"The Final Comedown" itself comes down finally, and it's pretty violent and wild. There's one lengthy sequence near the end which is just nothing but shootings - no talking, no nothing, except killing people, for minutes straight without any interruption, which is actually a pretty decent sequence of film making and editing. There's a bunch of familiar early 70's faces around.
The movie is a little confused at points, but all in all it definitely makes for an interesting bit of one-time viewing.
"The Baron" really is quite the mess. This was included in a cheap
package with a bunch of other "urban" films. Not a good movie by any
means, but fun, and there are certain reasons to keep at it.
The first of course is the great Calvin Lockhart, who just shines in pretty much anything he is in. He's a black filmmaker fighting "the man" to get a film made, but who has to get shady after turning down a deal that would have turned his movie(with Lockhart playing "The Baron," a devil-may-care wealthy adventurer) into a "white" movie. He gets involved with the mob and other shady characters.
The leader of the mob, "Joey," is played by the great Richard Lynch, who is always perfect at playing scum. I've seen him on Galactica, Buck Rogers, and in "The Seven-Ups" and he's just fantastic. It was a very pleasant surprise that he was in this! And he is definitely a mean SOB. Lynch is so good at playing these roles that seeing him in 'real life' acting nicely must be a shock.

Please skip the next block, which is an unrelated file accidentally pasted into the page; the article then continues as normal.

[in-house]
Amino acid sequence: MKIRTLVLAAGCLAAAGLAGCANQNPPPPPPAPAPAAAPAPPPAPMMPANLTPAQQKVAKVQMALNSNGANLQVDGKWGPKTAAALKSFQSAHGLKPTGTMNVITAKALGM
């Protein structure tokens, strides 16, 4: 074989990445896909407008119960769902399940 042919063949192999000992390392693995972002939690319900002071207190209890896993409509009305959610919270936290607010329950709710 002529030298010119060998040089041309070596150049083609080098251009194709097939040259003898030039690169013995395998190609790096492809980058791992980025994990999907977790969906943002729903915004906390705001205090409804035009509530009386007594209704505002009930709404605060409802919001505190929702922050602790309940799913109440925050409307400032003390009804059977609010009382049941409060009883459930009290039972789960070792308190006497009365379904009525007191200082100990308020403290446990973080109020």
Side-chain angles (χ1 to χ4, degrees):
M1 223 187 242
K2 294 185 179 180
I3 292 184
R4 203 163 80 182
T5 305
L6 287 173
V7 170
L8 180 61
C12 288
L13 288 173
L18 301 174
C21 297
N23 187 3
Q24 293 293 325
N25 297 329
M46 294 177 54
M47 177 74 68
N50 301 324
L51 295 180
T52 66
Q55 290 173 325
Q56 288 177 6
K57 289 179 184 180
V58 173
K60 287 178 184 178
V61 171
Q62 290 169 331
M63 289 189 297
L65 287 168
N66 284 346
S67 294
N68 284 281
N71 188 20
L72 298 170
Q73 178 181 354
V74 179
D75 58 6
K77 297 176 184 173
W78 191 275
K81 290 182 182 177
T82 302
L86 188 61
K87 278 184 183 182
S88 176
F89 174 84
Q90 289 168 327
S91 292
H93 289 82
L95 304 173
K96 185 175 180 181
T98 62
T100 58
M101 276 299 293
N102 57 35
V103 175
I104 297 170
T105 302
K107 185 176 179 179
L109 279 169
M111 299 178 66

Joan Blondell appears as the rich white woman who eventually supports pretty boy Calvin. And there are some other familiar 70's movie faces as well.
The film really isn't that well made, but Lockhart, Lynch and the others make this a very good viewing. Some action and violence, but nothing crazy, and a very fast and convenient ending on the FDR drive (I think). Check this out for Calvin and Lynch especially.
I just watched "Shamus" for the first time, ever. I mainly wanted to
watch it for two reasons, one being I like early Burt, and also that it
was filmed (the Brooklyn scenes) just blocks from where I grew up. I
guess that I like early 70's NYC films as well.
Truth is, I did make it through the movie, but it's not really that good of a movie. Actually, I pretty much have absolutely no idea what it was about. Something about some stolen diamonds, guns, and shady people but it all just got lost to me. The main fun is watching 70's superstud Burt do his private-eye thing, which is mainly smoking cigarettes, acting cool, throwing around witty one-liners, getting chicks to go to bed with him, and punching guys out. Hey, good enough. What was that plot again? Funny scene in a bookstore where Burt walks in and decides he's gonna sleep with the hot intellectual chick in there, and of course he makes her melt with his ultra-coolness and smooth lines. Burt smooth-talks the gorgeous Dyan Cannon too, who kinda underacts here, like she's half asleep.